When comparing VLC vs OBS, the Slant community recommends VLC for most people. In the question“What are the best video recorders?” VLC is ranked 3rd while OBS is ranked 5th. The most important reason people chose VLC is:
VLC is licensed under the CC-SA v3.0+ and available on Windows, OSX, and Linux with source code available [here](http://www.videolan.org/vlc/download-sources.html).
Ranked in these QuestionsQuestion Ranking
Pro Free, open source, and cross-platform
VLC is licensed under the CC-SA v3.0+ and available on Windows, OSX, and Linux with source code available here.
Pro Simple to setup and use
VLC is an incredibly robust application but very simple on the surface. It makes playing music simple, yet still manages to give the user all the tools he/she wants in a music player.
Pro Very versatile and easy to use
Pro Doesn't require additional codecs
Everything VLC needs to play media files is contained within which means no outside codecs are needed. This makes it one of the most hassle-free music players as it can play virtually anything as soon as it's installed.
Pro Tons of advanced settings
Besides basic configurations, video player has an extensive amount of adjustable settings.
Pro Doesn't manage your music library for you
You organize your music into folders any way you want. Want to play an album? Drag and drop. No tags, no confusion, no fluff. Easy.
Pro Can be almost completely keyboard-driven
VLC includes keyboard shortcuts for most actions. The video player can be controlled with simple and customizable keyboard commands.
Pro Surprisingly Lightest on Resources
Yes. Lightest. Even better than the ones known to be light. Both when playing music, only a single song or when playing a video. Either in terms of Ram and Cpu. Compared with almost all, including the ones from Windows like mpc-hc .. or light ones from Linux like Alsa Player, Audacious, SmPlayer .
Pro Can play every format video available (as of 2017)
Pro Supports a GUI interface and an ncurses terminal interface
Pro Can easily stream music across your home network from any device on the network
Using sftp/ssh music (and videos) can be streamed from any server on the network to any device running VLC. VLC can also be used as a webcam for streaming and snapshots. Amazing all in one package
Pro Large amount of extensions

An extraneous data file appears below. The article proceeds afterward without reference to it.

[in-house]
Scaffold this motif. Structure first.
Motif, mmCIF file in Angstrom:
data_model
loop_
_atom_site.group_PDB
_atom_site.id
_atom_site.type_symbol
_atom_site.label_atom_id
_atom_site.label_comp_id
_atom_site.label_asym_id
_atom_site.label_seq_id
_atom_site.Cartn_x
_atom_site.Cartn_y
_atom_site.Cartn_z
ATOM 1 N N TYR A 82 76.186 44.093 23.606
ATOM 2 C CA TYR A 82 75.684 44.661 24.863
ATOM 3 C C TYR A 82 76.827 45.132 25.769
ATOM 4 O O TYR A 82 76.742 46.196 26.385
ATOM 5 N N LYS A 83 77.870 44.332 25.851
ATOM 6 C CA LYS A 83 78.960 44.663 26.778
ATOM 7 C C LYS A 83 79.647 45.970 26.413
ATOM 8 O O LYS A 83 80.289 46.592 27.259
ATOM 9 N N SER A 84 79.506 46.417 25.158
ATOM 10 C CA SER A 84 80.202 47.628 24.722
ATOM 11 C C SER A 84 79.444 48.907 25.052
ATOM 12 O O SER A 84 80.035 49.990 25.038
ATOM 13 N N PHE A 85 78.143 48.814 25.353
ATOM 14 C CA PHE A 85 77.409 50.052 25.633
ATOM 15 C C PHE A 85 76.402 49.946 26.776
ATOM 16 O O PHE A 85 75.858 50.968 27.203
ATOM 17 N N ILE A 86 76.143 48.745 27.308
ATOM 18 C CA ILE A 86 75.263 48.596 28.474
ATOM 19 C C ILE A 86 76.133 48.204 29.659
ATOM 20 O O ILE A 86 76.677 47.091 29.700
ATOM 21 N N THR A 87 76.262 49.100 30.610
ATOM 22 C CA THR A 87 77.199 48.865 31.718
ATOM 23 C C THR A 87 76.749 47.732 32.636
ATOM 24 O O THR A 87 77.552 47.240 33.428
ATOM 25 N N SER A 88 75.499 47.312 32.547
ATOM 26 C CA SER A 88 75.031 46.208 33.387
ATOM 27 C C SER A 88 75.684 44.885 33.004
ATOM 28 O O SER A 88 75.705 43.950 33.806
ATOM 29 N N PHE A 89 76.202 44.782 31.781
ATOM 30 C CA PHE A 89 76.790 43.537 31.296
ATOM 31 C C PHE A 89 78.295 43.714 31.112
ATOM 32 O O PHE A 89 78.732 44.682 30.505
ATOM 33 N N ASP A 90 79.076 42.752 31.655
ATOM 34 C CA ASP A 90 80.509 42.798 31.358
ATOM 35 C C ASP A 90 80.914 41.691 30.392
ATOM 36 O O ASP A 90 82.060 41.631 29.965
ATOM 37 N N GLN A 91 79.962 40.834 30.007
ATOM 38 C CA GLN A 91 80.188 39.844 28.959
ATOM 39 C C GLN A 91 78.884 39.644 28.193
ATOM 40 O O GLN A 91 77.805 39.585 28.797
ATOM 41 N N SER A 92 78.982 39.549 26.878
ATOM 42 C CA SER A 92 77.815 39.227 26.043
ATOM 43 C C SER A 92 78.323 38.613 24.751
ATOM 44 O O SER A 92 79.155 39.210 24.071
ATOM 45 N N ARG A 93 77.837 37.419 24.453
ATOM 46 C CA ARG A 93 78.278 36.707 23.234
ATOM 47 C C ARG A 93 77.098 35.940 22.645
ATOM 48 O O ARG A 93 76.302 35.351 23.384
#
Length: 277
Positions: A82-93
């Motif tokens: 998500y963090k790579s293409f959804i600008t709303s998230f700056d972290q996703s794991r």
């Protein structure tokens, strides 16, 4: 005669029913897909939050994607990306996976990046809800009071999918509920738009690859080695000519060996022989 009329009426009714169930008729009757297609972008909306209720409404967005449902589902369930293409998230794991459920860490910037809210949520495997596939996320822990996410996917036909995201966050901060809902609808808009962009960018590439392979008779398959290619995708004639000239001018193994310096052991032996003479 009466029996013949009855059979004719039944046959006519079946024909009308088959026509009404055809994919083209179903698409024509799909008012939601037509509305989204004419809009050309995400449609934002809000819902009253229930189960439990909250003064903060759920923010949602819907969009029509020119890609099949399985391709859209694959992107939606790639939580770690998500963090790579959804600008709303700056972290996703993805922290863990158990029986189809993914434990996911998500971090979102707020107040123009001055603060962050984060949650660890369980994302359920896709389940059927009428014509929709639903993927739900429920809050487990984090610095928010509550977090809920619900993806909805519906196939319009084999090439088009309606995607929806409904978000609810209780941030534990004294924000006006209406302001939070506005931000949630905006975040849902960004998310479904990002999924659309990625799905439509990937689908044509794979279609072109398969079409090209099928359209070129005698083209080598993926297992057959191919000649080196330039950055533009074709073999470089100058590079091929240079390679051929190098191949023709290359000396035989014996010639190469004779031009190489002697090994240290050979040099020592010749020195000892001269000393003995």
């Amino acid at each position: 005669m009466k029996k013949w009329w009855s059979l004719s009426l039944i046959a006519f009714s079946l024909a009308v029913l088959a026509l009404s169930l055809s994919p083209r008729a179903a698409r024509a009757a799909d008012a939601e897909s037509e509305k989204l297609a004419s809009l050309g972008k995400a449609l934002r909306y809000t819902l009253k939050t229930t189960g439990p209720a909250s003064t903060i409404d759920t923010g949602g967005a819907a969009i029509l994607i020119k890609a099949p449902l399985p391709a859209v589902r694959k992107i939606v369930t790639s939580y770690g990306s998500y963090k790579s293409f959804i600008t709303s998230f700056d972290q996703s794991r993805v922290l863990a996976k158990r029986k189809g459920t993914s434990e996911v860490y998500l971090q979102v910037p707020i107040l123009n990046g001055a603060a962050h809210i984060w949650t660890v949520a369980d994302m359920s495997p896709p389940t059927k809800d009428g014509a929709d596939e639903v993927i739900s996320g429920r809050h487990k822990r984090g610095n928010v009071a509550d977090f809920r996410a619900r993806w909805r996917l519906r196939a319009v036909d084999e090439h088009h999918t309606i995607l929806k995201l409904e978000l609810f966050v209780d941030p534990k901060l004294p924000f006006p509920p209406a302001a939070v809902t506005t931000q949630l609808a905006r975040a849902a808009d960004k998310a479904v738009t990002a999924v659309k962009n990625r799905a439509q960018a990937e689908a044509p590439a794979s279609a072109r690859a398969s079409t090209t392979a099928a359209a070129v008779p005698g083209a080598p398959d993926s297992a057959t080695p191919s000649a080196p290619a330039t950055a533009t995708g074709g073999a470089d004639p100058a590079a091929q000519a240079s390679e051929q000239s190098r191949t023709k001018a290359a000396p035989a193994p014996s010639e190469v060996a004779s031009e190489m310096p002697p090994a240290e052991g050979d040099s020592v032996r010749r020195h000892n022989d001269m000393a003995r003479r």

VLC has a large amount of extensions.
Pro Live streams
Can be used to stream.
Pro Records to many popular formats
You can record videos in formats such as mp4, flv, mkv, and more. You also have control over the bitrate used.
Pro Free and open source
No subscriptions or payments or licenses.
From the website: "GPU-based game capture for high performance game streaming."
OBS has an API allowing developers to create their own unique plugins, giving them and others complete control of their streaming experience.
Pro Available for Linux, Mac, Windows
Pro Encoding using H264 (x264) and AAC and file output to MP4 or FLV
Pro Unlimited number of scenes and sources
Con Not really meant to be a music player
VLC is made to be a video player. Therefore, it won't carry out actions such as managing your music library.
Con Lacks libraries and advanced music player features
VLC is a media player first and foremost. There is no library management (aside from playlists), limited usage of tags, and no rating system. VLC is best at playing a file directly from a folder, but falls behind when it comes to helping you manage or find good songs in your music library.
Con Absence of personalization
VLC Player has only one basic interface in white or black, and overall personalization opportunities are quite narrow. Unfortunately, you're pretty much stuck to the default look.
Con Contains some insignificant but irritating flaws
Despite all keyboard shortcuts, the width of the picture can't be controlled by trackpad. Besides that, the VLC start-up window doesn’t open at the same place or the same width at which it was previously closed.
Con Overkill for simple projects
Plus the interface is a bit intimidating.
Con Needs tutorial to get started
Otherwise it's hard to find out how to record a screen or window.